For example, let's create a Validated class for validating hyper-parameters for model-training:

# create a Validated abstract class
import abc

# parent class Validated
class Validated(abc.ABC, Quantity):
    def __set__(self, instance, value):
        value = self.validate(instance, value)
        super().__set__(instance, value) # THIS performans the actual storage, in this case the set method in Quantity

    def validate(self, instance, value):
        '''Allows subclasses to implement their own validation'''

Let's also create two subclasses called ValidateLearningRate and ValidatedKernelSize. (For anyone familiar with Neural-Network parameters, you'd know that learning rate is typically between 0 and 1, and Kernel size is usually an odd number greater than 2, this varies but ConvNets use 3 or 5-sized kernels).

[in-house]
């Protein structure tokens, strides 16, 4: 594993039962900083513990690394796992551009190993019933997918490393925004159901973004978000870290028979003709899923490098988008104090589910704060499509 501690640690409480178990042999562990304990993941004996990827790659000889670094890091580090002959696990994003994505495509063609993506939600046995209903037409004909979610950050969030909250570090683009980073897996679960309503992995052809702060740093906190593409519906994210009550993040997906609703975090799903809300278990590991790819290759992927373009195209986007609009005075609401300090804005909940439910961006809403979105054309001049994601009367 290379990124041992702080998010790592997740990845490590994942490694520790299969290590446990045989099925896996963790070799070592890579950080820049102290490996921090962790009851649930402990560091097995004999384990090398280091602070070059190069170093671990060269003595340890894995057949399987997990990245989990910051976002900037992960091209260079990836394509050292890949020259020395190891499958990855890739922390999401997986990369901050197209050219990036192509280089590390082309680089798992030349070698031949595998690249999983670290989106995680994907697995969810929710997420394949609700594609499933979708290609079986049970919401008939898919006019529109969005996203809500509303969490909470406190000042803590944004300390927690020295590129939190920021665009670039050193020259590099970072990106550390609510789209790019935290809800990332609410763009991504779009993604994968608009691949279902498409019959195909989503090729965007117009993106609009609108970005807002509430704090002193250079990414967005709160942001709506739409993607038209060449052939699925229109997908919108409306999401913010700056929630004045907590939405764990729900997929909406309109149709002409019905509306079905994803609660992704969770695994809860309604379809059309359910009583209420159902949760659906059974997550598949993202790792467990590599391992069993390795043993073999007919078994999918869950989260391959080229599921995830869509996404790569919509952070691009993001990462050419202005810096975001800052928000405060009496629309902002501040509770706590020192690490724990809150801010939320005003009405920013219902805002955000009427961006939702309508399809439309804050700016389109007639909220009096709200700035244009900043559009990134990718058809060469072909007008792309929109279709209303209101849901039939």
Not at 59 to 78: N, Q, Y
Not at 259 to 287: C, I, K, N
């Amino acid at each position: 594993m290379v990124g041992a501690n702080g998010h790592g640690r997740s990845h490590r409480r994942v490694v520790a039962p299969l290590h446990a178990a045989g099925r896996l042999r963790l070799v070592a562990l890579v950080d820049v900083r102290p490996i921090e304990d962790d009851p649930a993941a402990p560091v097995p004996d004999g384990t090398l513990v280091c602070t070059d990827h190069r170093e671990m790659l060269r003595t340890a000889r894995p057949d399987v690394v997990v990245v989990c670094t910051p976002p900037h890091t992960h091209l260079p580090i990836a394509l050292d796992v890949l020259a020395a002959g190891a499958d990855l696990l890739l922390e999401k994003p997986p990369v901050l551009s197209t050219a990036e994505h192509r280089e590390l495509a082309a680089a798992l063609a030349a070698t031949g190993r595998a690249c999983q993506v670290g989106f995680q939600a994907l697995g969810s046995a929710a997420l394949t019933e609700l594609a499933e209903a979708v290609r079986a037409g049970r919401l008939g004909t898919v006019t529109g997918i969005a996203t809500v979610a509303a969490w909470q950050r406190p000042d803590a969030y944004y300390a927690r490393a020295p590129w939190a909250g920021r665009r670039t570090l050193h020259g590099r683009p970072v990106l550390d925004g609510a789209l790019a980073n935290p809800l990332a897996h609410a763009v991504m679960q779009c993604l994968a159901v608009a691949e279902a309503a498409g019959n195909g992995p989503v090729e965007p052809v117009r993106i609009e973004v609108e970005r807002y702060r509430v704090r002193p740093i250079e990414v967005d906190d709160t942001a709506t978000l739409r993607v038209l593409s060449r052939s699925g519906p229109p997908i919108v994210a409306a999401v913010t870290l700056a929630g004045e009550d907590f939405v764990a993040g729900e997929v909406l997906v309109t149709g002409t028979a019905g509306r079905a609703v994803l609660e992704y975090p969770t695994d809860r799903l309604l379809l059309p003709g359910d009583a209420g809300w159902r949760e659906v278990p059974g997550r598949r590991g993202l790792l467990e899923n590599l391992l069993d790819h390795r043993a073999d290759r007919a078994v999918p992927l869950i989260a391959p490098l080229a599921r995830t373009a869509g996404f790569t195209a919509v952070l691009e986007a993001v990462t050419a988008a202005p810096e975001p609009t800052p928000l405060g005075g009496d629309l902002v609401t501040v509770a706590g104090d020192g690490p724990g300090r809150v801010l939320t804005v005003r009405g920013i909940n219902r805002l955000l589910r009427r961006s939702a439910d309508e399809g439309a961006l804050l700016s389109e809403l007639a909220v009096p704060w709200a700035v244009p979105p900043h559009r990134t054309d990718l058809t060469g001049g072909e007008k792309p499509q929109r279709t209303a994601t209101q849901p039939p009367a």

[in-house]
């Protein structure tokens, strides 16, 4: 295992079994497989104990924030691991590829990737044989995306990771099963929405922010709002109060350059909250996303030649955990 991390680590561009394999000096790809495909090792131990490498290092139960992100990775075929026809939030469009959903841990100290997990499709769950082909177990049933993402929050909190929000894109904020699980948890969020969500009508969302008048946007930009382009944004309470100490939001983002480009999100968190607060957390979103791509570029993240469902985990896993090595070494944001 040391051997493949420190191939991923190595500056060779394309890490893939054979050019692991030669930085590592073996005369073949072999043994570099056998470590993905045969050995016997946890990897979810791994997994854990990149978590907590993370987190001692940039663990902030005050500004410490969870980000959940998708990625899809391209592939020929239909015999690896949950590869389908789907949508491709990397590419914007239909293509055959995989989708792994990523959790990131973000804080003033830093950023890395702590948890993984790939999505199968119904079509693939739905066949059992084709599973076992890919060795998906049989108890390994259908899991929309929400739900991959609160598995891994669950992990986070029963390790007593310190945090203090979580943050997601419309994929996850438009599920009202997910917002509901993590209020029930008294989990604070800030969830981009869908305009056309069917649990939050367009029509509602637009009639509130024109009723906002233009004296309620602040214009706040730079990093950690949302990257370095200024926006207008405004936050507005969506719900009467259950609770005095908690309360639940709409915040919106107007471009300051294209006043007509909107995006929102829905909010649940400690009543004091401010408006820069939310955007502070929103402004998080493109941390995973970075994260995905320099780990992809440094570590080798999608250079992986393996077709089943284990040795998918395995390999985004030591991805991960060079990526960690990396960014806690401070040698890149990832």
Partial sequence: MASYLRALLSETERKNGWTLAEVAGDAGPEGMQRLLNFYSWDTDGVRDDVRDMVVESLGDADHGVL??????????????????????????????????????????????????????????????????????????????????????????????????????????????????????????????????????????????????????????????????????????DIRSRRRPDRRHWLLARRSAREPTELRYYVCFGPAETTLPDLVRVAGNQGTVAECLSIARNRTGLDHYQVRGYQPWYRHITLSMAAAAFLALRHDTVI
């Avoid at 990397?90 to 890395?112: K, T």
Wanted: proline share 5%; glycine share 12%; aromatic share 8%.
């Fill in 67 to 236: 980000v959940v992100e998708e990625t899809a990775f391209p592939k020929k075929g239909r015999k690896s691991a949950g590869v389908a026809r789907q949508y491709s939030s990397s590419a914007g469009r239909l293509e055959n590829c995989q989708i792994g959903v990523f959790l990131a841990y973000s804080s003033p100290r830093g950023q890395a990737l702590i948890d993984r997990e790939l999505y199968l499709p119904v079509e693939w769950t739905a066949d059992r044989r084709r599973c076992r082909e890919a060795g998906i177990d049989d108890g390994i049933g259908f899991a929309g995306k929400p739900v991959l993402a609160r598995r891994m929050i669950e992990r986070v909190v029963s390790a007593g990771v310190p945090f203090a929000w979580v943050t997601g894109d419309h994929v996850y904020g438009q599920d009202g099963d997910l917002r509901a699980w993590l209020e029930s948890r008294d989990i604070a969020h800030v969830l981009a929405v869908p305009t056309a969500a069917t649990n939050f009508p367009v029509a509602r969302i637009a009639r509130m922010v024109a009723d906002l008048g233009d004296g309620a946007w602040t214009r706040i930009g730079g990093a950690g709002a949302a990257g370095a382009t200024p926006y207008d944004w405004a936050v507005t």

class ValidateLearningRate(Validated):
    '''no numbers outsize 0 to 1'''
    def validate(self, instance, value):
        if value < 0 or value > 1:
            raise ValueError('LearningRate must be > 0 and <= 1')
        return value

class ValidateKernelSize(Validated):
    '''No non-integers'''
    def validate(self, instance, value):
        if not isinstance(value, int):
            raise ValueError('Must be positive integer')
        if value % 2 != 1:
            raise ValueError('Value must be an odd integer')

        return value

Now, I create my class that is managed by the subclassed attributes above, which is the only class that my end-users interact with; let's assume that I want to build a class that allows persons to train their own neural network, and make it such that it only accepts valid hyper-parameters, and let's call this class ConvNetTrainer:

class ConvNetTrainer:
    lr = ValidateLearningRate()
    kernel_size = ValidateKernelSize()
    # rest of class body 
    # ...
    def __init__(self, lr, kernel_size):
        self.lr = lr